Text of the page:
Well, it is a documented fact that the deadly coronavirus is taking centre stage in many aspects of human lives, gravely affecting the daily diet of many confirmed citizens.
However, some corporate entities and bloodthirsty individuals, masquerading as Good Samaritans, have made it their sole province to exploit loopholes created by the devastating pandemic to make a quick buck.
And while few service providers such as food retails, medical institutions, petrol stations and few others have been declared essential entities by high authorities, pay-per-view broadcasters Multichoice/Supersport channel has been hard hit by the ongoing corona pandemic, with the regular live screening of almost all major sporting gatherings worldwide being brought to a premature halt.
It’s now almost three solid months since your viewers watched a decent live televised football match or super rugby matches on the “telly”.
It’s unfathomable that Supersport has rather chosen to remain tightlipped, offering no proper apology or alternatives to its entertainment, starving its valued subscribers of proper service.
In contrast, the pay-per-view channel saw it fit to remind its valued customers about their monthly subscription fees while feeding us with repeats and worn out sport programmes. Football is larger than life, it is more than just a game, it’s a much-cherished religion amongst a sizable chunk of the country’s inhabitants.
As stands, football is back on the “telly” with matches coming in thick and fast but the product is no longer the same, kind of half-fermented beer in the absence of live audience in the stadiums.
Truth be told, you can’t provide a half-baked product and still charges the same amount for a full package – that’s daylight robbery, so to speak. We have been long taken for a ride because watching football without the audience is like serving universal breakfast on the African continent.
Sterling sets the tone for transformation in sport
Yours truly has been following unfolding events in the aftermath of the senseless brutal murder of George Floyd, an African/American who was brutally suffocated via the sharp knee of a bloodthirsty white cop. The incident sparked protests across the globe under the slogan “Black Lives Matter”.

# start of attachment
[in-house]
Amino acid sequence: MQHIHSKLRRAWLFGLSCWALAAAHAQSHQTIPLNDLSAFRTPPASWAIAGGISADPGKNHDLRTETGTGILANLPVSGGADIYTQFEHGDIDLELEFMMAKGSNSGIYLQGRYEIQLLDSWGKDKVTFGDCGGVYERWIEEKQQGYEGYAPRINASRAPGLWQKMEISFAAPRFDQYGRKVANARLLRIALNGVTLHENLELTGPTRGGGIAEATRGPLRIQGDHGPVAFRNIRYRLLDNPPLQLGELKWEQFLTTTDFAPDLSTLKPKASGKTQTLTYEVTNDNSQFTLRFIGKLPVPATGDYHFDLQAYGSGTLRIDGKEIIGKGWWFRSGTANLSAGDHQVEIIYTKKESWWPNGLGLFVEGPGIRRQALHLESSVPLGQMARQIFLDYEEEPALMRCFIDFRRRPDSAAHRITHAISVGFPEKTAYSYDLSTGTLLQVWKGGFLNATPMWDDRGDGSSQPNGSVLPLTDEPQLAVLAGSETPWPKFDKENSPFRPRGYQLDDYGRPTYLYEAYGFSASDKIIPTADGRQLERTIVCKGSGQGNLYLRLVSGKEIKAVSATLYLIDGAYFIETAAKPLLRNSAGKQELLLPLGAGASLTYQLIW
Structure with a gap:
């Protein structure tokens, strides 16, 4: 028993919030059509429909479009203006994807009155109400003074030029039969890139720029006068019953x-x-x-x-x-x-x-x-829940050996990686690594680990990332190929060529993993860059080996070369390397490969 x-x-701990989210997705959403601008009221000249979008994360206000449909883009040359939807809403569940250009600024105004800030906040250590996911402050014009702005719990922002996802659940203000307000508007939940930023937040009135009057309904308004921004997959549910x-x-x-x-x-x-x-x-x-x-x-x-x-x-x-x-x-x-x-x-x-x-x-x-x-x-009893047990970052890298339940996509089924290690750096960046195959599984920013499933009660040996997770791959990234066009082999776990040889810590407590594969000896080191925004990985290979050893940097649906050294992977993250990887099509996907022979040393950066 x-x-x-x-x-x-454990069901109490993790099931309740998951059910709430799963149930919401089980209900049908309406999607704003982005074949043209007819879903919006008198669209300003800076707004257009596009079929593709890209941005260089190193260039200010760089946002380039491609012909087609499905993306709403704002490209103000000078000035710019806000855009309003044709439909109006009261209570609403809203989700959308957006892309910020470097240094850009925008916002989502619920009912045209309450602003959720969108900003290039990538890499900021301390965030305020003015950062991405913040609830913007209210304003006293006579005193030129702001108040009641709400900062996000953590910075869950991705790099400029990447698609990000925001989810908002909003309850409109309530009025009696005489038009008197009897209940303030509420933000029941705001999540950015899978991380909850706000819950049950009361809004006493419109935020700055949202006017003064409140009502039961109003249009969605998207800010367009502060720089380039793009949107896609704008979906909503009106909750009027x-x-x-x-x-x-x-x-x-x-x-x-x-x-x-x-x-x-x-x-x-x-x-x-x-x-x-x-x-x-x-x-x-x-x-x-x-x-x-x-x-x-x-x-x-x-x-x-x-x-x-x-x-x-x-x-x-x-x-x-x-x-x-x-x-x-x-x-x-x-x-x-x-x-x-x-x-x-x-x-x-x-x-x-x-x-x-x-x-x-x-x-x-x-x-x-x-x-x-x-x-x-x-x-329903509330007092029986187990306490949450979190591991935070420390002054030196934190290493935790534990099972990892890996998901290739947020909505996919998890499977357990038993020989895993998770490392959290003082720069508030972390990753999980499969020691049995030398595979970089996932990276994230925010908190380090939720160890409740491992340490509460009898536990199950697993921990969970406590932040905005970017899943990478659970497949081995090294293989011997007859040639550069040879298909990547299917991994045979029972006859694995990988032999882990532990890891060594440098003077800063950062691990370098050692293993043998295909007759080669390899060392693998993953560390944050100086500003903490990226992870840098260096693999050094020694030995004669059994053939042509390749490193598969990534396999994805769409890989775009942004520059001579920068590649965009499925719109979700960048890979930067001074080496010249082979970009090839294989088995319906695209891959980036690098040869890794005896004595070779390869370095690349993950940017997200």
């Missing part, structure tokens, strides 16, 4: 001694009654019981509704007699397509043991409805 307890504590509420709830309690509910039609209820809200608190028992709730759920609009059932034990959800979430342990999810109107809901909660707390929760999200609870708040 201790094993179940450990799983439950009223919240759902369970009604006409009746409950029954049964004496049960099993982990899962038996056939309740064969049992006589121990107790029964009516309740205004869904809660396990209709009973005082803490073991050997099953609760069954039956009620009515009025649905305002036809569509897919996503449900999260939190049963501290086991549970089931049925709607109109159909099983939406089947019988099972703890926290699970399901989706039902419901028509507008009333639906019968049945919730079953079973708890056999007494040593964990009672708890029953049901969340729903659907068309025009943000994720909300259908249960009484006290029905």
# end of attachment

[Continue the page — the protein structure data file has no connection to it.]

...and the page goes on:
Manchester City’s Jamaican born English footballer Raheem Sterling weighed into the debate calling for drastic changes in the corridors of English football. The former Liverpool forward pulled no punches and called spade a spade, not a large spoon.
Raheem made a very valid point when he pointed out racial discrimination in English football, notably his reference to the appointment of coaches in the England topflight leagues. His argument that former retired pros Frank Lampard (Chelsea) and Steven Gerrard (Rangers Scotland) were given preferential treatment is spot on.
Fair enough, both players enjoyed stellar careers with their respective teams and retired at the same time but the same does not seem to apply in the case of their black counterparts Ashley Cole and Sol Campell.
The abovementioned pair were also equally great footballers during the same era but would sadly not afforded the same opportunity, let alone being granted interviews for any plum job in the top echelons of British football because of systematic institutionalised racism.
It’s now incumbent upon all athletes from the oppressed communities to stand up and speak with one voice about systematic racism, not only in sport but in all aspects of life. Racism is wrong, bad and it dehumanises the real value of mankind. I rest my case.